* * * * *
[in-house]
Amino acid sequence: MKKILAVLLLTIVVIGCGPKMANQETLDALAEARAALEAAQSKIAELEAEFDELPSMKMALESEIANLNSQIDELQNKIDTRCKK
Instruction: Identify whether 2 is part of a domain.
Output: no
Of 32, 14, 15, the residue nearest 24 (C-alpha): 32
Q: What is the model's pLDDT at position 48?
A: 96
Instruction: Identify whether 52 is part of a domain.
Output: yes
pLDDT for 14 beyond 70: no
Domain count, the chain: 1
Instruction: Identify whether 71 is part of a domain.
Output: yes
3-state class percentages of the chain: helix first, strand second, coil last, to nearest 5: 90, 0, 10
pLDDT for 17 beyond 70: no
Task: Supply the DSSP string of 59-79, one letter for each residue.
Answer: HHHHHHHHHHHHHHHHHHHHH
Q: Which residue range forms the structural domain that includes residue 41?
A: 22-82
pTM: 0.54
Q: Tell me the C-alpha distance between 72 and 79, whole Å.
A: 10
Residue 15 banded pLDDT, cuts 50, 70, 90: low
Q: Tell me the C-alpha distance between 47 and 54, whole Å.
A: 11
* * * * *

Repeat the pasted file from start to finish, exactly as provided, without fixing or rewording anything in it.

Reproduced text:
[in-house]
Amino acid sequence: MKKILAVLLLTIVVIGCGPKMANQETLDALAEARAALEAAQSKIAELEAEFDELPSMKMALESEIANLNSQIDELQNKIDTRCKK
Instruction: Identify whether 2 is part of a domain.
Output: no
Of 32, 14, 15, the residue nearest 24 (C-alpha): 32
Q: What is the model's pLDDT at position 48?
A: 96
Instruction: Identify whether 52 is part of a domain.
Output: yes
pLDDT for 14 beyond 70: no
Domain count, the chain: 1
Instruction: Identify whether 71 is part of a domain.
Output: yes
3-state class percentages of the chain: helix first, strand second, coil last, to nearest 5: 90, 0, 10
pLDDT for 17 beyond 70: no
Task: Supply the DSSP string of 59-79, one letter for each residue.
Answer: HHHHHHHHHHHHHHHHHHHHH
Q: Which residue range forms the structural domain that includes residue 41?
A: 22-82
pTM: 0.54
Q: Tell me the C-alpha distance between 72 and 79, whole Å.
A: 10
Residue 15 banded pLDDT, cuts 50, 70, 90: low
Q: Tell me the C-alpha distance between 47 and 54, whole Å.
A: 11